During these efforts, in February 2015, I got a referral from one client. I spoke to the prospect and he told me that he wanted to invest Rs. 2 lakhs. I readily agreed to meet him and explain alternatives, despite his cautioning me not to expect a lot of investible surpluses to advice on. I reached his home at the appointed time of 5 pm on the dot. I left at 11 pm. I was carrying with me, not a Rs. 2 lakh cheque, but several cheques totalling to Rs.2.2 crores! He wanted to invest Rs. 2 lakhs into equity. I didn't get straight into a product pitch on equity funds. I probed for his understanding and awareness of mutual funds. He had very little knowledge of funds. So I started from the basics - going up from liquid funds to accrual funds to balanced funds and finally equity funds. He was so satisfied with the interactions and the answers to his queries that he pulled out his full portfolio, which had several fixed deposits and other investments. Then we went about restructuring all elements of the portfolio that were inefficient, and to my surprise and joy, he straight away accepted the suggestions and handed over cheques worth Rs.2.2 crores to implement all the agreed plans.
I really didn't look back from that day onwards. This was a huge booster dose for my confidence. I stepped up my efforts in tapping this segment - retired and retiring salaried people. Clients started coming, and with them referrals started growing.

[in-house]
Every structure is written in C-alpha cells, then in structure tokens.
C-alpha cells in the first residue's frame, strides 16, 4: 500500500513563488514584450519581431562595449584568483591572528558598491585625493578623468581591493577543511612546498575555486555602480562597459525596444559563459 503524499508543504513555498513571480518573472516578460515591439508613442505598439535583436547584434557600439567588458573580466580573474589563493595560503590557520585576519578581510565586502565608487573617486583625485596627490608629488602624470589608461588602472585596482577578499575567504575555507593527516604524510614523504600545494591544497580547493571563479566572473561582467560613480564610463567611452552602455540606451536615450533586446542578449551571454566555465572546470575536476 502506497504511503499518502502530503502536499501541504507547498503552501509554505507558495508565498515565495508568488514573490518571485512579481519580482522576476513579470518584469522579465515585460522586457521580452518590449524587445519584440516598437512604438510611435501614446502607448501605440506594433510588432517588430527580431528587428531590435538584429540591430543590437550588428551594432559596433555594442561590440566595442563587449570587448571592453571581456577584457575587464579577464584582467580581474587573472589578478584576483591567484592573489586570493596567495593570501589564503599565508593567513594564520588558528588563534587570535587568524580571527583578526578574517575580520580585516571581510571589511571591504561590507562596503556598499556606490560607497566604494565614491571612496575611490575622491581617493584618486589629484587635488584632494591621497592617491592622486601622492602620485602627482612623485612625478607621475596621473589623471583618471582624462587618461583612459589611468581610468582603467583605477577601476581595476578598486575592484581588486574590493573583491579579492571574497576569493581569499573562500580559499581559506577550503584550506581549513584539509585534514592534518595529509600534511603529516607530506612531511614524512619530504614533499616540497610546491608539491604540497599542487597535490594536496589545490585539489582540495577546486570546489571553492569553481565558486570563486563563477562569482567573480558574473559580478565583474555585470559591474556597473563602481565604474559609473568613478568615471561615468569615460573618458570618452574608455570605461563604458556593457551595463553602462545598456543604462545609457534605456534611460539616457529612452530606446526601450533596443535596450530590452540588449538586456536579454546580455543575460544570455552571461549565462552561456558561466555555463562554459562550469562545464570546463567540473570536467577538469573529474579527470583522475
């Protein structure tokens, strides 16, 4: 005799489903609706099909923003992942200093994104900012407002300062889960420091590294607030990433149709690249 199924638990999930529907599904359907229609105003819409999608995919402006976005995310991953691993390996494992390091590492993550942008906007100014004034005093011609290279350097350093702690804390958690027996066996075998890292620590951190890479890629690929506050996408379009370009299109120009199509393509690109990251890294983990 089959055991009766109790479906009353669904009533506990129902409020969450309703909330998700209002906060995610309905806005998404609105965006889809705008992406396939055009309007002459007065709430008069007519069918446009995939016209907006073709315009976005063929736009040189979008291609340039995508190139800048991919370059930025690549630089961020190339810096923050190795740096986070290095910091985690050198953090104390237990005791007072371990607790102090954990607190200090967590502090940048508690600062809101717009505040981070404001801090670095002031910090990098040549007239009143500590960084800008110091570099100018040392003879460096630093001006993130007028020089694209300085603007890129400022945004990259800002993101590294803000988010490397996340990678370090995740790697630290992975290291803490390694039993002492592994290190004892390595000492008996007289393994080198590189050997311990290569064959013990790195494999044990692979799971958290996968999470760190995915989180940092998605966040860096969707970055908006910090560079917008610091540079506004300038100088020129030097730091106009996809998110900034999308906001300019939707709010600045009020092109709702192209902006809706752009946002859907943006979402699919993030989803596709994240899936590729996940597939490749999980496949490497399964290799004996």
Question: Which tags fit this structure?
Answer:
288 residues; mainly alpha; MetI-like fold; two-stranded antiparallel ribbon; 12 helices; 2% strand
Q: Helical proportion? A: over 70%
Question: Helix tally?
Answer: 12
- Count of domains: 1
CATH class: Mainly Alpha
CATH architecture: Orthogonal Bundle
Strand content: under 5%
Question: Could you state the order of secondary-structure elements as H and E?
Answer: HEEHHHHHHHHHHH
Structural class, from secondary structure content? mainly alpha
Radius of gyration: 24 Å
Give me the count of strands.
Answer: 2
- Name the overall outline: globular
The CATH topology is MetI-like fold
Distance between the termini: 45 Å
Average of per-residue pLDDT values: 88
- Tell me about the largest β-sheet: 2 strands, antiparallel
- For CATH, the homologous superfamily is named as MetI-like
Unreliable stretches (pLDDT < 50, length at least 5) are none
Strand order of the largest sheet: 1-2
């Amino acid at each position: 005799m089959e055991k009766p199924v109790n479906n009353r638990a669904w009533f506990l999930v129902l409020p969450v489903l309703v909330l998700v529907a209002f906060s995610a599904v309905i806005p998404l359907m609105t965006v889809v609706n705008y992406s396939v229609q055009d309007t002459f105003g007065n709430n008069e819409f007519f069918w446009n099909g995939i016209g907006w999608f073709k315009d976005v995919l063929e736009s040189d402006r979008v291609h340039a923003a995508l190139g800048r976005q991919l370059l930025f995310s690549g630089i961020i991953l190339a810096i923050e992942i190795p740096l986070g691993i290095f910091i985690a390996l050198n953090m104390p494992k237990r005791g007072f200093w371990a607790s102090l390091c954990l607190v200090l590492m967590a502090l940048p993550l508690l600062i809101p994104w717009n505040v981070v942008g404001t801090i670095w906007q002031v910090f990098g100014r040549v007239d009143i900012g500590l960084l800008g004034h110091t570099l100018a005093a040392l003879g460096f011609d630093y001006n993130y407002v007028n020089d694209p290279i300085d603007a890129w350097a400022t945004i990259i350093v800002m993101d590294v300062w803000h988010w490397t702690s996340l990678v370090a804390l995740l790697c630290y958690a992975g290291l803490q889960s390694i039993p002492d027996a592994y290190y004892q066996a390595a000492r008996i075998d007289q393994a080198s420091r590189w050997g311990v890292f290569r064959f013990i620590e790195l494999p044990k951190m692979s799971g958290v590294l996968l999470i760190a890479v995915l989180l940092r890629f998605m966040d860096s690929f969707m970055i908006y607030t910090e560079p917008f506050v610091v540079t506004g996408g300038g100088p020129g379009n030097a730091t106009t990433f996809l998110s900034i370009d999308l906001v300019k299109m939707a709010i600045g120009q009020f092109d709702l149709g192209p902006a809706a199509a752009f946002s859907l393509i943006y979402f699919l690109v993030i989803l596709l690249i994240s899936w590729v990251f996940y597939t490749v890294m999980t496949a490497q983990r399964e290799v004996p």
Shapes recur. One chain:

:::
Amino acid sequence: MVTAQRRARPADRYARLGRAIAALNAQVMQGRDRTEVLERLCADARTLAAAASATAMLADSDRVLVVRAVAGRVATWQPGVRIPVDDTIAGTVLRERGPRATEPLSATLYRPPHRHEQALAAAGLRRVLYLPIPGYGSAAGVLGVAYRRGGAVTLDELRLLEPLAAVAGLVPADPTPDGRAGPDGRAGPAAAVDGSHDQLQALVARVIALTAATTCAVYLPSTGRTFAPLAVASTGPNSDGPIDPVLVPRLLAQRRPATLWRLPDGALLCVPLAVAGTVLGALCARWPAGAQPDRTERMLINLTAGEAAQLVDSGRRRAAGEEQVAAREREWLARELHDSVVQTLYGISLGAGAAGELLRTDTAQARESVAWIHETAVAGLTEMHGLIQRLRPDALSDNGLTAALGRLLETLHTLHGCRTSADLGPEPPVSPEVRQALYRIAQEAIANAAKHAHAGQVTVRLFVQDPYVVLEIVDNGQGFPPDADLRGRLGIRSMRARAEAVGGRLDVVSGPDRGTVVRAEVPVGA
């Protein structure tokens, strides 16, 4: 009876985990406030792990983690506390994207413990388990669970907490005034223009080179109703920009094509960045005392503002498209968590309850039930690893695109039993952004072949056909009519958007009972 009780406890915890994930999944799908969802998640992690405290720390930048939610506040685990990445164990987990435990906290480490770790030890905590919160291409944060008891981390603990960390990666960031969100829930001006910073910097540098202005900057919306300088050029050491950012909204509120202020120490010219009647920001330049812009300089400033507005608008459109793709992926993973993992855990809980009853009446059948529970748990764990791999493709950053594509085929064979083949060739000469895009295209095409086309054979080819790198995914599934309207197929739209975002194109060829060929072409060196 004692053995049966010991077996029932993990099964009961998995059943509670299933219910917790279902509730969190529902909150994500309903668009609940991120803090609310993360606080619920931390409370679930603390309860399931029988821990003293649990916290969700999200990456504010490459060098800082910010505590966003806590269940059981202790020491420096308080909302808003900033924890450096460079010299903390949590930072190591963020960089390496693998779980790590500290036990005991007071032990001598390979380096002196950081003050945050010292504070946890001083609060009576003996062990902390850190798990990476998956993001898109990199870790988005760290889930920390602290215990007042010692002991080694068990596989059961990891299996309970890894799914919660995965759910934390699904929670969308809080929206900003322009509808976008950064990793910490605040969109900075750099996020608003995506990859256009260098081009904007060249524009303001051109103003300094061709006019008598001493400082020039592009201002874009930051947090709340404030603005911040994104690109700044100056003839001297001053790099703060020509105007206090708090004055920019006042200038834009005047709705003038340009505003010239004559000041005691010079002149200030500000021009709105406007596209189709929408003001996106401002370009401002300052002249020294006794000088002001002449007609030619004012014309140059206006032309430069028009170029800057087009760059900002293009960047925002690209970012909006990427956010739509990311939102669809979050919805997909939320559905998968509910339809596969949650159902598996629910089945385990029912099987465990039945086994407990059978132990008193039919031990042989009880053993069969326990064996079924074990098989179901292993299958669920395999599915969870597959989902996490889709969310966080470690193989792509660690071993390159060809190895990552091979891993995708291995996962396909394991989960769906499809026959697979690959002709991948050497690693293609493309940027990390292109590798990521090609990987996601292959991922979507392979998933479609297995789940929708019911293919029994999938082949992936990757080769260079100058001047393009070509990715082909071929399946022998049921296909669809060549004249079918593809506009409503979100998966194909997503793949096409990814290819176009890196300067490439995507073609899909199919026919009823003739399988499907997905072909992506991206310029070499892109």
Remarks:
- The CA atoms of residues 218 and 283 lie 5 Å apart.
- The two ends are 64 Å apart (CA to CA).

Two main product categories
I focus on two products for retired clients: accrual funds and model based auto rebalancing balanced funds. For a client who has developed conviction in equity based on our concept discussions, I recommend upto 65% of their portfolio in such balanced funds and the balance 35% in accrual funds. That gives them a 40% + equity exposure, which is critically needed to fight inflation, but at the same time, has built in volatility control measures to give clients a better investing experience. As I mentioned, regular dividends from balanced funds goes a long way, in addition to volatility control, in providing a good investing experience to retired investors.
No 1 IFA in Vizag
Today, within 2 years of setting up my IFA practice, I am now serving around 300 clients, with around 900 folios. My AuM is Rs.39 crores, of which Rs. 22 crores is in equity and balanced funds, Rs. 9 crores in long term debt funds and Rs. 8 crores in liquid funds. Only Rs.1.5 crores is institutional money, the rest is from individual clients.
My AuM makes me today the biggest IFA in Vizag. But, I still have a long way to go to reach my goal of Rs. 100 crore AuM. Now maybe fewer people laugh at my goal, but many still think its too tall a target in Vizag. My thinking is simple. The population of Vizag district is 33 lakh people. We know that even a rickshaw puller can invest at least Rs.500 in an ELSS fund. We also know that this will be a great investment for him. If I can reach out to more and more people in my district, why can't I progress towards a Rs.100 crore target? Why can't I dream of 1 lakh folios even if I have only 900 folios now? President APJ Abdul Kalam said, "It is a crime to dream small". Swami Vivekananda said, "Take up one idea. Make that one idea your life; dream of it; think of it; live on that idea.". My one idea is to reach Rs.100 crore AuM in the next 3 years.